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- Patients and methods
- Prevalence of aberrant AML immunophenotypes and sensitivity of residual disease studies
- Relationship between measurements of residual disease by flow cytometry versus morphology, cytogenetics and RT-PCR
- Relationship of flow cytometric detection of residual disease to presenting features and to treatment outcome
- Prognostic significance of flow cytometric detection of residual disease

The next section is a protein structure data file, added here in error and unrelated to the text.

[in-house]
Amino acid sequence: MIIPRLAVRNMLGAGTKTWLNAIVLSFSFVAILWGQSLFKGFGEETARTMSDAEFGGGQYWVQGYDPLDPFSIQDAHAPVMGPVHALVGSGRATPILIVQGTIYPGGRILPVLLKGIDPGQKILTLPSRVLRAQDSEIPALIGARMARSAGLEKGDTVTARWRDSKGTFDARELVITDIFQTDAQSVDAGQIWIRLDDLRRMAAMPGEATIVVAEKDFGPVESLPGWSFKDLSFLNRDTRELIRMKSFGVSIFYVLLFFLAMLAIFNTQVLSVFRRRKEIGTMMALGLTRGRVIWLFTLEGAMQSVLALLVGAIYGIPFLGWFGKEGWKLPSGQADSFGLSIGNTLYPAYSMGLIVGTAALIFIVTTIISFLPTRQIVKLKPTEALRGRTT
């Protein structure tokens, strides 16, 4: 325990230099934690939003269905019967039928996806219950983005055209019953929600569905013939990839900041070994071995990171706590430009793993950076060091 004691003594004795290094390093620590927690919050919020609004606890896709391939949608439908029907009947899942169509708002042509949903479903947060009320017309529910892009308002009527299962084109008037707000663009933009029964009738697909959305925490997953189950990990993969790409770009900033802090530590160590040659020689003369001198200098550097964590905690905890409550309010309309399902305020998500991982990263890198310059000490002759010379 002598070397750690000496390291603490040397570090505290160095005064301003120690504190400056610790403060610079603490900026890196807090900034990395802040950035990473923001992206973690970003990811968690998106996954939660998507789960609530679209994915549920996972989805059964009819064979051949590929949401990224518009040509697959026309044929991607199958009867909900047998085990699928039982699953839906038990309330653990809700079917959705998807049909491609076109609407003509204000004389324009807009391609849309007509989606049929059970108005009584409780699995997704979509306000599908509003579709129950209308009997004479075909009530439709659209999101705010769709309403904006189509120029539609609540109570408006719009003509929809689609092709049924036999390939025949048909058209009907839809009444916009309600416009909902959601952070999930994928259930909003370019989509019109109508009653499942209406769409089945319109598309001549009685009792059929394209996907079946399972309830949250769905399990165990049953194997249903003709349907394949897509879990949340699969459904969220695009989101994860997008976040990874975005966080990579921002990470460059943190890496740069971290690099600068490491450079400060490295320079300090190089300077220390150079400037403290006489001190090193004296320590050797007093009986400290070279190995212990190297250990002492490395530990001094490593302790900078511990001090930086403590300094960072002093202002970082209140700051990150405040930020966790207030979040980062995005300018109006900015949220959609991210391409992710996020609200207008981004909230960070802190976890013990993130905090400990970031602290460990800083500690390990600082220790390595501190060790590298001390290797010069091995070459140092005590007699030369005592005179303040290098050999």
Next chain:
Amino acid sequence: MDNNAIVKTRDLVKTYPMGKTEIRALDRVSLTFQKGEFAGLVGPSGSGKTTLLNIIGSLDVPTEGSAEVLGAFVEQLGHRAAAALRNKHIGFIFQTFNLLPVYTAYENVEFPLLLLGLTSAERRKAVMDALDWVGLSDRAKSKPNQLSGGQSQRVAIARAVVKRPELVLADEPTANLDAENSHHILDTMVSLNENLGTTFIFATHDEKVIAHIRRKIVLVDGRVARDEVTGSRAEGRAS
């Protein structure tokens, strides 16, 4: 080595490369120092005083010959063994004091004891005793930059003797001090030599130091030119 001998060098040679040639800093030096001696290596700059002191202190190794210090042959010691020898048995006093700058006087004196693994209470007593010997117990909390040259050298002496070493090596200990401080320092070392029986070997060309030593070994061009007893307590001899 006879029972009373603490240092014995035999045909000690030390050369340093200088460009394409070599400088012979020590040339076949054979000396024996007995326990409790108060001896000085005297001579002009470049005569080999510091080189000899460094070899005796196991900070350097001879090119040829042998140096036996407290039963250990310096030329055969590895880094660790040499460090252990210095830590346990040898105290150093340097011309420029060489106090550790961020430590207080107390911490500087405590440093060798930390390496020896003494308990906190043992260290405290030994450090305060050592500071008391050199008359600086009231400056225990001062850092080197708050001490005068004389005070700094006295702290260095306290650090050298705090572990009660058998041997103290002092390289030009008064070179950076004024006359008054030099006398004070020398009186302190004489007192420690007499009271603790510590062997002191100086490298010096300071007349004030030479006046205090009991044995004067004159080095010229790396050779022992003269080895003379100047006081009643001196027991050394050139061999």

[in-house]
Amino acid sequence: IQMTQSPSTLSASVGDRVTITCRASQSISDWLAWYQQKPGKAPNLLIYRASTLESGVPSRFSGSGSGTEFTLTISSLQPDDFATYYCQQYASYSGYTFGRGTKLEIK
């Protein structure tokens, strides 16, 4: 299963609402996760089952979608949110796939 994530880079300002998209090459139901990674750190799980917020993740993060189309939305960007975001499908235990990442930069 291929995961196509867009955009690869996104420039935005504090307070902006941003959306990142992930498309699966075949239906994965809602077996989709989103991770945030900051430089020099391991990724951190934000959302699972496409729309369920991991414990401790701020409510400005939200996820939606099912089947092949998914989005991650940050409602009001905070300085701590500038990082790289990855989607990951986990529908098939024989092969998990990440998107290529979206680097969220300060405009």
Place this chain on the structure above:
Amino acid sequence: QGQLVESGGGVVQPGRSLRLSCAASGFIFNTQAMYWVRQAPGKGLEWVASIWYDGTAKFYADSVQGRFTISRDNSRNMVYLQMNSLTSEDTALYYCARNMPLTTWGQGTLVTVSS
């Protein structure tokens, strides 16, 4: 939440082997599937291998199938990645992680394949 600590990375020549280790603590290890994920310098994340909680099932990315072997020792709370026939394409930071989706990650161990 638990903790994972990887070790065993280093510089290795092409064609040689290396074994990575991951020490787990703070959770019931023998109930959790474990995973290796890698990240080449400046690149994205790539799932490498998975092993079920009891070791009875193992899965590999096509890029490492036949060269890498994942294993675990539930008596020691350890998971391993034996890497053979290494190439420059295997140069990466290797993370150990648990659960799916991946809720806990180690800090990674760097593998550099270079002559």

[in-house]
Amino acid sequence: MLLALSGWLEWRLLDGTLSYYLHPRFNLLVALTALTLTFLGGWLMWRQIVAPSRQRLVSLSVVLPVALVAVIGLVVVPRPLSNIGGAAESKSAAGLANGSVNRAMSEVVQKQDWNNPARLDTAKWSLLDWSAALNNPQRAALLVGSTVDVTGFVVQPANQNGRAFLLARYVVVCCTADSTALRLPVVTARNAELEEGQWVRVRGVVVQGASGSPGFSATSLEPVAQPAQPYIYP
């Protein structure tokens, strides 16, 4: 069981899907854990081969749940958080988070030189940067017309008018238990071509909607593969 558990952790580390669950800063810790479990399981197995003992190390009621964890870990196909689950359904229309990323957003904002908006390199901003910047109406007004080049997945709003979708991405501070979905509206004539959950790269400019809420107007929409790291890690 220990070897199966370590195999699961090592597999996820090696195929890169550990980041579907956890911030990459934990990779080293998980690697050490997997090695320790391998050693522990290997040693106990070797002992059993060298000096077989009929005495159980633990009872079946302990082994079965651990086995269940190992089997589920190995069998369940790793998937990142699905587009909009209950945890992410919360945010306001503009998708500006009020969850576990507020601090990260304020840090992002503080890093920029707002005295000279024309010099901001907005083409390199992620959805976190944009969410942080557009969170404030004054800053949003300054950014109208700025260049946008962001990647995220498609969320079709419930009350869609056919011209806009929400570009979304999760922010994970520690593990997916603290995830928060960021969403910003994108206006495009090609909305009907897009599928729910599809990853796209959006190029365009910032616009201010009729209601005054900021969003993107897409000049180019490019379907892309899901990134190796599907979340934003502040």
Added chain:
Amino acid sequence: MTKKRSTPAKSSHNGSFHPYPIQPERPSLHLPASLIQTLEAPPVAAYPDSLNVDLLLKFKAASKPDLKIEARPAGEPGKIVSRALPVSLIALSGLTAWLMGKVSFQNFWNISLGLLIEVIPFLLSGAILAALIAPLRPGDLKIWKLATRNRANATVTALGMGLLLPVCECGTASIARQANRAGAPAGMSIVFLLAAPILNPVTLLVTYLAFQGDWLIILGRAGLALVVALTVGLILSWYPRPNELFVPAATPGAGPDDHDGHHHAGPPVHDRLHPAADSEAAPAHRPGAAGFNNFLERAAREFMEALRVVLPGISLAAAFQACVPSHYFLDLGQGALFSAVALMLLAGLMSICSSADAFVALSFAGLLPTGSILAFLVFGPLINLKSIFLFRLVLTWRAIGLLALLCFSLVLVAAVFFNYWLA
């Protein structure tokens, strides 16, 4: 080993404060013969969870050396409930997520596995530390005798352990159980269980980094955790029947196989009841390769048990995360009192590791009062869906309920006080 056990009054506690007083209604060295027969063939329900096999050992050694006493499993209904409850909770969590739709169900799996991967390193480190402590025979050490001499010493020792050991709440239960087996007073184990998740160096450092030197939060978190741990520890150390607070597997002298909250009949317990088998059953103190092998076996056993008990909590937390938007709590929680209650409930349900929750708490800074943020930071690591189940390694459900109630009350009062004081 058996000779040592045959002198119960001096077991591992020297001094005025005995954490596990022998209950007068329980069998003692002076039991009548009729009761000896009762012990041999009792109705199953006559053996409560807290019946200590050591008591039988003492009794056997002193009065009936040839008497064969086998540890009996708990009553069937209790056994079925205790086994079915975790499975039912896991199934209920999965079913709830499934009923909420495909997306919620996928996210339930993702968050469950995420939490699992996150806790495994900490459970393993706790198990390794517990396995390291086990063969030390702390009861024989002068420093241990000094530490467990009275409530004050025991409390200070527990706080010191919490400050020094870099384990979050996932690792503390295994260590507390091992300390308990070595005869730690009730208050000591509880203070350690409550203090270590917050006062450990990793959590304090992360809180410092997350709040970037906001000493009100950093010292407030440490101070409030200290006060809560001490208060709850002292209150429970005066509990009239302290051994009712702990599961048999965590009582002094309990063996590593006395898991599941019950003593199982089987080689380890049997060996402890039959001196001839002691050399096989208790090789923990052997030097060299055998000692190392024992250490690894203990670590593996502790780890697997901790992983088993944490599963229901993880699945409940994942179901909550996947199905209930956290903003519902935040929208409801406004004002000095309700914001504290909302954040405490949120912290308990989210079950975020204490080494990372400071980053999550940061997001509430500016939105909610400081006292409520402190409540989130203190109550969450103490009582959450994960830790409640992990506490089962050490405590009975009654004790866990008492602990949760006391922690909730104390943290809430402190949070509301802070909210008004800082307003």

Summary. In children with acute myeloid leukaemia (AML), morphological and karyotypic studies cannot precisely assess response to treatment, and less than one-third of patients have genetic markers for molecular studies of residual disease. We determined the usefulness of a four-colour flow cytometric strategy developed in our laboratory to study residual disease. We first compared the immunophenotypes of AML cells obtained from 54 children at diagnosis with those of cells from 59 normal or regenerating bone marrow samples. Forty-six of the 54 AML cases (85·2%) had immunophenotypes that allowed detection of 0·1–0·01% residual leukaemic cells. Of 230 bone marrow samples obtained from those 46 patients during and off treatment, 61 (26·5%) had ≥ 0·1% AML cells by flow cytometry. We found that core binding factor-associated AML had a significantly better early treatment response. Mean (± standard error) 2-year survival estimate was 33·1 ± 19·1% for patients with ≥ 0·1% AML cells by flow cytometry after induction therapy, but 72·1 ± 11·5% for those with < 0·1% AML cells (P = 0·022); overt recurrence of AML within the subsequent 6 months was significantly more likely in the former group. The assay described here holds promise for guiding the choice of post-remission treatment options in children with AML.